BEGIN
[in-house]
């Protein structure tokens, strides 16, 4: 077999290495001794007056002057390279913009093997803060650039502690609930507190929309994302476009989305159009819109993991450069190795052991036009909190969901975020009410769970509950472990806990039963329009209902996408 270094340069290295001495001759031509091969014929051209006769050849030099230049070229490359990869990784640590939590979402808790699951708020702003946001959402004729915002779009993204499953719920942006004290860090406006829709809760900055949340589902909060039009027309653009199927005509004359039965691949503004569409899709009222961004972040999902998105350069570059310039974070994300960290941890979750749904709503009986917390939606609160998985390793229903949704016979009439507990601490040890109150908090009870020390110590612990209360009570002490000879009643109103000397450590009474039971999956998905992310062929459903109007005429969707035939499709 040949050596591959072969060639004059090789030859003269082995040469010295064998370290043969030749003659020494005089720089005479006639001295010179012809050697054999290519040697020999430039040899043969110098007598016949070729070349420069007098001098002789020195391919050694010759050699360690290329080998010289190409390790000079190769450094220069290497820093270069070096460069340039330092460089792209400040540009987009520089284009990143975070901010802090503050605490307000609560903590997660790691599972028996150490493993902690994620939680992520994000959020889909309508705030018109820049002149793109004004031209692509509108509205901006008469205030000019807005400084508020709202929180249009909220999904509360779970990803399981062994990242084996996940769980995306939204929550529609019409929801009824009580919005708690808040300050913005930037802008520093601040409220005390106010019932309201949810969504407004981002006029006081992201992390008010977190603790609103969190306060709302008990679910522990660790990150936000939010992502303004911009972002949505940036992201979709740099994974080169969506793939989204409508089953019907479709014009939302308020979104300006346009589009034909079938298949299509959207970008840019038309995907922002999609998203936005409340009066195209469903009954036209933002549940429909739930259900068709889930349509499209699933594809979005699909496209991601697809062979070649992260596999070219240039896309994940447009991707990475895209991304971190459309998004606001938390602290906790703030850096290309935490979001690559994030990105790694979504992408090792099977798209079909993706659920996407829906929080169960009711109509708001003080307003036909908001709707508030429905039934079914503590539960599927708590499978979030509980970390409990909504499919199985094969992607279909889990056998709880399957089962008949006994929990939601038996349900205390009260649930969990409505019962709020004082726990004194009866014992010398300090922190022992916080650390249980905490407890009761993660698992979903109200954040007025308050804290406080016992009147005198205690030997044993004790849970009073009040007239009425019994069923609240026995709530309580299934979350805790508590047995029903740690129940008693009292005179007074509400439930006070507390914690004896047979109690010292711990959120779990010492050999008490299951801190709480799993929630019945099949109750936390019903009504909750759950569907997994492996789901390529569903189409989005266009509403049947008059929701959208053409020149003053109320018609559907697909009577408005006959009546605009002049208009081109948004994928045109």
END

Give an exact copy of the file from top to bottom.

[in-house]
């Protein structure tokens, strides 16, 4: 077999290495001794007056002057390279913009093997803060650039502690609930507190929309994302476009989305159009819109993991450069190795052991036009909190969901975020009410769970509950472990806990039963329009209902996408 270094340069290295001495001759031509091969014929051209006769050849030099230049070229490359990869990784640590939590979402808790699951708020702003946001959402004729915002779009993204499953719920942006004290860090406006829709809760900055949340589902909060039009027309653009199927005509004359039965691949503004569409899709009222961004972040999902998105350069570059310039974070994300960290941890979750749904709503009986917390939606609160998985390793229903949704016979009439507990601490040890109150908090009870020390110590612990209360009570002490000879009643109103000397450590009474039971999956998905992310062929459903109007005429969707035939499709 040949050596591959072969060639004059090789030859003269082995040469010295064998370290043969030749003659020494005089720089005479006639001295010179012809050697054999290519040697020999430039040899043969110098007598016949070729070349420069007098001098002789020195391919050694010759050699360690290329080998010289190409390790000079190769450094220069290497820093270069070096460069340039330092460089792209400040540009987009520089284009990143975070901010802090503050605490307000609560903590997660790691599972028996150490493993902690994620939680992520994000959020889909309508705030018109820049002149793109004004031209692509509108509205901006008469205030000019807005400084508020709202929180249009909220999904509360779970990803399981062994990242084996996940769980995306939204929550529609019409929801009824009580919005708690808040300050913005930037802008520093601040409220005390106010019932309201949810969504407004981002006029006081992201992390008010977190603790609103969190306060709302008990679910522990660790990150936000939010992502303004911009972002949505940036992201979709740099994974080169969506793939989204409508089953019907479709014009939302308020979104300006346009589009034909079938298949299509959207970008840019038309995907922002999609998203936005409340009066195209469903009954036209933002549940429909739930259900068709889930349509499209699933594809979005699909496209991601697809062979070649992260596999070219240039896309994940447009991707990475895209991304971190459309998004606001938390602290906790703030850096290309935490979001690559994030990105790694979504992408090792099977798209079909993706659920996407829906929080169960009711109509708001003080307003036909908001709707508030429905039934079914503590539960599927708590499978979030509980970390409990909504499919199985094969992607279909889990056998709880399957089962008949006994929990939601038996349900205390009260649930969990409505019962709020004082726990004194009866014992010398300090922190022992916080650390249980905490407890009761993660698992979903109200954040007025308050804290406080016992009147005198205690030997044993004790849970009073009040007239009425019994069923609240026995709530309580299934979350805790508590047995029903740690129940008693009292005179007074509400439930006070507390914690004896047979109690010292711990959120779990010492050999008490299951801190709480799993929630019945099949109750936390019903009504909750759950569907997994492996789901390529569903189409989005266009509403049947008059929701959208053409020149003053109320018609559907697909009577408005006959009546605009002049208009081109948004994928045109």